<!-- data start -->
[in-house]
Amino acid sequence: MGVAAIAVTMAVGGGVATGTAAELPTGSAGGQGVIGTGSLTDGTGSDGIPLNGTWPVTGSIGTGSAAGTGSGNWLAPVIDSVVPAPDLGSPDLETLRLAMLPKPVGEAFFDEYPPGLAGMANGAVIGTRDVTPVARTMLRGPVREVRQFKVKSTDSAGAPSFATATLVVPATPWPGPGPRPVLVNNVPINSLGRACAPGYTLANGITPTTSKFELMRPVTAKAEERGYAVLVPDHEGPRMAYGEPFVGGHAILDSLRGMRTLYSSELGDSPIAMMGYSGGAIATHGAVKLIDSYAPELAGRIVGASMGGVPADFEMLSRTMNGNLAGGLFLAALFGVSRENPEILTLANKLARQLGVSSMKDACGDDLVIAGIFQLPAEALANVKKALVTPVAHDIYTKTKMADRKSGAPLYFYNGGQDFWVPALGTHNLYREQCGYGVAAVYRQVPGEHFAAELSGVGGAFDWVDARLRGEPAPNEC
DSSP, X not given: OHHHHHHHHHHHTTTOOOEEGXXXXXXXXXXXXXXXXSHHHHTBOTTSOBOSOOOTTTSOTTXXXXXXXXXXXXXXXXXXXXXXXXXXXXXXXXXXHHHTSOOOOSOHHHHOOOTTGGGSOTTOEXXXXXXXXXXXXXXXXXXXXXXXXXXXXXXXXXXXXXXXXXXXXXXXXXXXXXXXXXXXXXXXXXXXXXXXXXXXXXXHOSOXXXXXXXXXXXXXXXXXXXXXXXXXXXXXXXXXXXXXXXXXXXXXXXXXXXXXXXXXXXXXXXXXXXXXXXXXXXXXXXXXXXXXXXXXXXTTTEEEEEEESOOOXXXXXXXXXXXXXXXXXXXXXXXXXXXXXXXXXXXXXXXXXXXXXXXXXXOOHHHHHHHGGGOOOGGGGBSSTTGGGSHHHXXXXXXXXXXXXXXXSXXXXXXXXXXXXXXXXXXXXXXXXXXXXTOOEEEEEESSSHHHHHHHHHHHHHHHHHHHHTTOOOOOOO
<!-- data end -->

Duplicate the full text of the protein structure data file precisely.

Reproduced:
[in-house]
Amino acid sequence: MGVAAIAVTMAVGGGVATGTAAELPTGSAGGQGVIGTGSLTDGTGSDGIPLNGTWPVTGSIGTGSAAGTGSGNWLAPVIDSVVPAPDLGSPDLETLRLAMLPKPVGEAFFDEYPPGLAGMANGAVIGTRDVTPVARTMLRGPVREVRQFKVKSTDSAGAPSFATATLVVPATPWPGPGPRPVLVNNVPINSLGRACAPGYTLANGITPTTSKFELMRPVTAKAEERGYAVLVPDHEGPRMAYGEPFVGGHAILDSLRGMRTLYSSELGDSPIAMMGYSGGAIATHGAVKLIDSYAPELAGRIVGASMGGVPADFEMLSRTMNGNLAGGLFLAALFGVSRENPEILTLANKLARQLGVSSMKDACGDDLVIAGIFQLPAEALANVKKALVTPVAHDIYTKTKMADRKSGAPLYFYNGGQDFWVPALGTHNLYREQCGYGVAAVYRQVPGEHFAAELSGVGGAFDWVDARLRGEPAPNEC
DSSP, X not given: OHHHHHHHHHHHTTTOOOEEGXXXXXXXXXXXXXXXXSHHHHTBOTTSOBOSOOOTTTSOTTXXXXXXXXXXXXXXXXXXXXXXXXXXXXXXXXXXHHHTSOOOOSOHHHHOOOTTGGGSOTTOEXXXXXXXXXXXXXXXXXXXXXXXXXXXXXXXXXXXXXXXXXXXXXXXXXXXXXXXXXXXXXXXXXXXXXXXXXXXXXXHOSOXXXXXXXXXXXXXXXXXXXXXXXXXXXXXXXXXXXXXXXXXXXXXXXXXXXXXXXXXXXXXXXXXXXXXXXXXXXXXXXXXXXXXXXXXXXTTTEEEEEEESOOOXXXXXXXXXXXXXXXXXXXXXXXXXXXXXXXXXXXXXXXXXXXXXXXXXXOOHHHHHHHGGGOOOGGGGBSSTTGGGSHHHXXXXXXXXXXXXXXXSXXXXXXXXXXXXXXXXXXXXXXXXXXXXTOOEEEEEESSSHHHHHHHHHHHHHHHHHHHHTTOOOOOOO